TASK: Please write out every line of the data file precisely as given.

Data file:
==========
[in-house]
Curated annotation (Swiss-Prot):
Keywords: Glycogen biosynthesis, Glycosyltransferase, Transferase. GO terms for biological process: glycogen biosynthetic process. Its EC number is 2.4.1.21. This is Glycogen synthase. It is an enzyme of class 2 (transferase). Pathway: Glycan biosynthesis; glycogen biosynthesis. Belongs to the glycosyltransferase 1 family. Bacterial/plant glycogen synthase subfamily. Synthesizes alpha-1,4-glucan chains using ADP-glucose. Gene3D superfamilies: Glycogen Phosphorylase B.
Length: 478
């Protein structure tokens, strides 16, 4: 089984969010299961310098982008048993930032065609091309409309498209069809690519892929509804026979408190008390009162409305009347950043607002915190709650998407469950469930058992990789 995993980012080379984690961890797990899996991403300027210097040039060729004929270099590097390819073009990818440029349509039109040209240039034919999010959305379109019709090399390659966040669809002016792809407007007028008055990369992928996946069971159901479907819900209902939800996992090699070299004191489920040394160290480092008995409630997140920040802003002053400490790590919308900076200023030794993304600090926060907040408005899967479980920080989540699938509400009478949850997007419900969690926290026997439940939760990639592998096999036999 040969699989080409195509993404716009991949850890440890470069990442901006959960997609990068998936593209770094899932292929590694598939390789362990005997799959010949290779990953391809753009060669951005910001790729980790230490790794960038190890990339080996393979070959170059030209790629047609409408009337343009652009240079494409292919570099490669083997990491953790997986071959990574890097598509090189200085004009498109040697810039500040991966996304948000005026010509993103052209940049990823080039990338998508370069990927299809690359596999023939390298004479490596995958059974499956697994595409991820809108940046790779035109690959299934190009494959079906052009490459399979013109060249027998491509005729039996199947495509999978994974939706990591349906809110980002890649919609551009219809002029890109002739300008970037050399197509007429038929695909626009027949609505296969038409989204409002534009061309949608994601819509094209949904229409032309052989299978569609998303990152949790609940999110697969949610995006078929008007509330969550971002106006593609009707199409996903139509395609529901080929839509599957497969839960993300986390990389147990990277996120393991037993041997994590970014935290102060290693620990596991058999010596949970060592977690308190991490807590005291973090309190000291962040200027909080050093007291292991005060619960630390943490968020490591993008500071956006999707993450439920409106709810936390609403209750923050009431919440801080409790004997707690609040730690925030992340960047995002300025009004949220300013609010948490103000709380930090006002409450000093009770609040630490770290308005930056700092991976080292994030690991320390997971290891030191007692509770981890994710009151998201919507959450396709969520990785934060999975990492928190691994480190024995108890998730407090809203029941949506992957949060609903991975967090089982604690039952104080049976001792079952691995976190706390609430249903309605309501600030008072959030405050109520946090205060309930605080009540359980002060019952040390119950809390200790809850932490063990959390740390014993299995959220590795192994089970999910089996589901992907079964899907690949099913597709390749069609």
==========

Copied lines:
[in-house]
Curated annotation (Swiss-Prot):
Keywords: Glycogen biosynthesis, Glycosyltransferase, Transferase. GO terms for biological process: glycogen biosynthetic process. Its EC number is 2.4.1.21. This is Glycogen synthase. It is an enzyme of class 2 (transferase). Pathway: Glycan biosynthesis; glycogen biosynthesis. Belongs to the glycosyltransferase 1 family. Bacterial/plant glycogen synthase subfamily. Synthesizes alpha-1,4-glucan chains using ADP-glucose. Gene3D superfamilies: Glycogen Phosphorylase B.
Length: 478
């Protein structure tokens, strides 16, 4: 089984969010299961310098982008048993930032065609091309409309498209069809690519892929509804026979408190008390009162409305009347950043607002915190709650998407469950469930058992990789 995993980012080379984690961890797990899996991403300027210097040039060729004929270099590097390819073009990818440029349509039109040209240039034919999010959305379109019709090399390659966040669809002016792809407007007028008055990369992928996946069971159901479907819900209902939800996992090699070299004191489920040394160290480092008995409630997140920040802003002053400490790590919308900076200023030794993304600090926060907040408005899967479980920080989540699938509400009478949850997007419900969690926290026997439940939760990639592998096999036999 040969699989080409195509993404716009991949850890440890470069990442901006959960997609990068998936593209770094899932292929590694598939390789362990005997799959010949290779990953391809753009060669951005910001790729980790230490790794960038190890990339080996393979070959170059030209790629047609409408009337343009652009240079494409292919570099490669083997990491953790997986071959990574890097598509090189200085004009498109040697810039500040991966996304948000005026010509993103052209940049990823080039990338998508370069990927299809690359596999023939390298004479490596995958059974499956697994595409991820809108940046790779035109690959299934190009494959079906052009490459399979013109060249027998491509005729039996199947495509999978994974939706990591349906809110980002890649919609551009219809002029890109002739300008970037050399197509007429038929695909626009027949609505296969038409989204409002534009061309949608994601819509094209949904229409032309052989299978569609998303990152949790609940999110697969949610995006078929008007509330969550971002106006593609009707199409996903139509395609529901080929839509599957497969839960993300986390990389147990990277996120393991037993041997994590970014935290102060290693620990596991058999010596949970060592977690308190991490807590005291973090309190000291962040200027909080050093007291292991005060619960630390943490968020490591993008500071956006999707993450439920409106709810936390609403209750923050009431919440801080409790004997707690609040730690925030992340960047995002300025009004949220300013609010948490103000709380930090006002409450000093009770609040630490770290308005930056700092991976080292994030690991320390997971290891030191007692509770981890994710009151998201919507959450396709969520990785934060999975990492928190691994480190024995108890998730407090809203029941949506992957949060609903991975967090089982604690039952104080049976001792079952691995976190706390609430249903309605309501600030008072959030405050109520946090205060309930605080009540359980002060019952040390119950809390200790809850932490063990959390740390014993299995959220590795192994089970999910089996589901992907079964899907690949099913597709390749069609």